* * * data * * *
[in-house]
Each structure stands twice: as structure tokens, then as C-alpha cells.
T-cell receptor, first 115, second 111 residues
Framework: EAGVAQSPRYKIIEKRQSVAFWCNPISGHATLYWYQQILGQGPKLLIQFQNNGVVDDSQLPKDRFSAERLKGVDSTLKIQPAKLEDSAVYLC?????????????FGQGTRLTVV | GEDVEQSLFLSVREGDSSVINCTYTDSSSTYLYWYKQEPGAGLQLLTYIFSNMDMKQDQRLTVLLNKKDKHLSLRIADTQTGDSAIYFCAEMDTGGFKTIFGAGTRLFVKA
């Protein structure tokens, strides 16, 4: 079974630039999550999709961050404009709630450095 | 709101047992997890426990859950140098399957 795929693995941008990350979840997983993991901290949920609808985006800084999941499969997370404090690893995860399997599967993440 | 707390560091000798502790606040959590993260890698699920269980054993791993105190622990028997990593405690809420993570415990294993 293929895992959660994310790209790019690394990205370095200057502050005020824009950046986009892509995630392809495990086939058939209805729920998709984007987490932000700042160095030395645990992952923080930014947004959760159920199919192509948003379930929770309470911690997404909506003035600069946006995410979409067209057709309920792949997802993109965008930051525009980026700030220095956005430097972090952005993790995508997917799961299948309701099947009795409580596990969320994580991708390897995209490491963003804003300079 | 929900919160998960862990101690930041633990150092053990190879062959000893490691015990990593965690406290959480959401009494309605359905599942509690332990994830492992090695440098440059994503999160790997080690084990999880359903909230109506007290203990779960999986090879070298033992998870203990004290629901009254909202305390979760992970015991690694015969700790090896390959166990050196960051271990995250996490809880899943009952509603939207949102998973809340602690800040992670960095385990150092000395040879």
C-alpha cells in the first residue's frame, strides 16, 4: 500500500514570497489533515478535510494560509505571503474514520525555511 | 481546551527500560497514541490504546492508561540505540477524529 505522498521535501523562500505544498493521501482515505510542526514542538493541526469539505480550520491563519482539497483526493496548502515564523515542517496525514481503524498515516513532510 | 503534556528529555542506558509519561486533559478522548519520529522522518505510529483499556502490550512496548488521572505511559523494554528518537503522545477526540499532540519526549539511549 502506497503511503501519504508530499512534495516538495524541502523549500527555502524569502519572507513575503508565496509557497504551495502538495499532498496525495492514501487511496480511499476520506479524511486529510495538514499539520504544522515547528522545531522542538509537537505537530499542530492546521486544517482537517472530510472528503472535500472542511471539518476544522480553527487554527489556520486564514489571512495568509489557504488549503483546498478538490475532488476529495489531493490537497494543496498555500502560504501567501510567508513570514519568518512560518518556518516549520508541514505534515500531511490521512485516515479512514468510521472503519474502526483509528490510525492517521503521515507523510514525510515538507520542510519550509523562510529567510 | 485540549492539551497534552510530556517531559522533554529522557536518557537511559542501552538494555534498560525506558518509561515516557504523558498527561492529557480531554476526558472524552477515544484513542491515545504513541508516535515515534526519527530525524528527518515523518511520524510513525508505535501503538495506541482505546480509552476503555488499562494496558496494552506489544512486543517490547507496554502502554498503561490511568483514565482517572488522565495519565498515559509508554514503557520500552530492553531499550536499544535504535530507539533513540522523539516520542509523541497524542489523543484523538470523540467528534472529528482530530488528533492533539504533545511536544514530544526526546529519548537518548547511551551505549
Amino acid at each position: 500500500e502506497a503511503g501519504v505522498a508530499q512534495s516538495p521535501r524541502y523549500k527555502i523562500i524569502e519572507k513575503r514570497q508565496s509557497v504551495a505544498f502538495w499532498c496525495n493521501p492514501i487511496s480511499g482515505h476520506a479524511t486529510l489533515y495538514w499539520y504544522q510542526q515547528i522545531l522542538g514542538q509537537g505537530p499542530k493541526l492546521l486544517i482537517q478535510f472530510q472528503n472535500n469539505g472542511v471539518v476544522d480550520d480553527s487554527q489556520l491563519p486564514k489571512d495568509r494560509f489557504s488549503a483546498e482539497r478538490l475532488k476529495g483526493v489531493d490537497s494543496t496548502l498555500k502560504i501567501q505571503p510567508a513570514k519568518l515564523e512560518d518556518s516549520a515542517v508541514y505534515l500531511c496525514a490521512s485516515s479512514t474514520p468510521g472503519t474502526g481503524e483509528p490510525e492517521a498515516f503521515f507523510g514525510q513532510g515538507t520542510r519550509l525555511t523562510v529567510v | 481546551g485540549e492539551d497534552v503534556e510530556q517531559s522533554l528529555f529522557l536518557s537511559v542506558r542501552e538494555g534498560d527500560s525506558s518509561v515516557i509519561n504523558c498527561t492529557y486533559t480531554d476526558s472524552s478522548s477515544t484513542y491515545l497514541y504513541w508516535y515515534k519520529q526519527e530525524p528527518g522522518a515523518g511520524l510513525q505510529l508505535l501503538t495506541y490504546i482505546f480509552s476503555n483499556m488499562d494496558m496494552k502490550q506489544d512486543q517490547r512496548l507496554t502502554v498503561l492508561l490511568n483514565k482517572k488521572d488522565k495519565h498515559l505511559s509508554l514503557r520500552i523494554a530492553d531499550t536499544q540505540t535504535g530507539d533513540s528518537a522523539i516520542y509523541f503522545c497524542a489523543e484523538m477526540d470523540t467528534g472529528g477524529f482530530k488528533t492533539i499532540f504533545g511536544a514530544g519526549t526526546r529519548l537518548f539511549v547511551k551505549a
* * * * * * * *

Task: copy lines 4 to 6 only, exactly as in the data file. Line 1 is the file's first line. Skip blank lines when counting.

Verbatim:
Framework: EAGVAQSPRYKIIEKRQSVAFWCNPISGHATLYWYQQILGQGPKLLIQFQNNGVVDDSQLPKDRFSAERLKGVDSTLKIQPAKLEDSAVYLC?????????????FGQGTRLTVV | GEDVEQSLFLSVREGDSSVINCTYTDSSSTYLYWYKQEPGAGLQLLTYIFSNMDMKQDQRLTVLLNKKDKHLSLRIADTQTGDSAIYFCAEMDTGGFKTIFGAGTRLFVKA
């Protein structure tokens, strides 16, 4: 079974630039999550999709961050404009709630450095 | 709101047992997890426990859950140098399957 795929693995941008990350979840997983993991901290949920609808985006800084999941499969997370404090690893995860399997599967993440 | 707390560091000798502790606040959590993260890698699920269980054993791993105190622990028997990593405690809420993570415990294993 293929895992959660994310790209790019690394990205370095200057502050005020824009950046986009892509995630392809495990086939058939209805729920998709984007987490932000700042160095030395645990992952923080930014947004959760159920199919192509948003379930929770309470911690997404909506003035600069946006995410979409067209057709309920792949997802993109965008930051525009980026700030220095956005430097972090952005993790995508997917799961299948309701099947009795409580596990969320994580991708390897995209490491963003804003300079 | 929900919160998960862990101690930041633990150092053990190879062959000893490691015990990593965690406290959480959401009494309605359905599942509690332990994830492992090695440098440059994503999160790997080690084990999880359903909230109506007290203990779960999986090879070298033992998870203990004290629901009254909202305390979760992970015991690694015969700790090896390959166990050196960051271990995250996490809880899943009952509603939207949102998973809340602690800040992670960095385990150092000395040879």
C-alpha cells in the first residue's frame, strides 16, 4: 500500500514570497489533515478535510494560509505571503474514520525555511 | 481546551527500560497514541490504546492508561540505540477524529 505522498521535501523562500505544498493521501482515505510542526514542538493541526469539505480550520491563519482539497483526493496548502515564523515542517496525514481503524498515516513532510 | 503534556528529555542506558509519561486533559478522548519520529522522518505510529483499556502490550512496548488521572505511559523494554528518537503522545477526540499532540519526549539511549 502506497503511503501519504508530499512534495516538495524541502523549500527555502524569502519572507513575503508565496509557497504551495502538495499532498496525495492514501487511496480511499476520506479524511486529510495538514499539520504544522515547528522545531522542538509537537505537530499542530492546521486544517482537517472530510472528503472535500472542511471539518476544522480553527487554527489556520486564514489571512495568509489557504488549503483546498478538490475532488476529495489531493490537497494543496498555500502560504501567501510567508513570514519568518512560518518556518516549520508541514505534515500531511490521512485516515479512514468510521472503519474502526483509528490510525492517521503521515507523510514525510515538507520542510519550509523562510529567510 | 485540549492539551497534552510530556517531559522533554529522557536518557537511559542501552538494555534498560525506558518509561515516557504523558498527561492529557480531554476526558472524552477515544484513542491515545504513541508516535515515534526519527530525524528527518515523518511520524510513525508505535501503538495506541482505546480509552476503555488499562494496558496494552506489544512486543517490547507496554502502554498503561490511568483514565482517572488522565495519565498515559509508554514503557520500552530492553531499550536499544535504535530507539533513540522523539516520542509523541497524542489523543484523538470523540467528534472529528482530530488528533492533539504533545511536544514530544526526546529519548537518548547511551551505549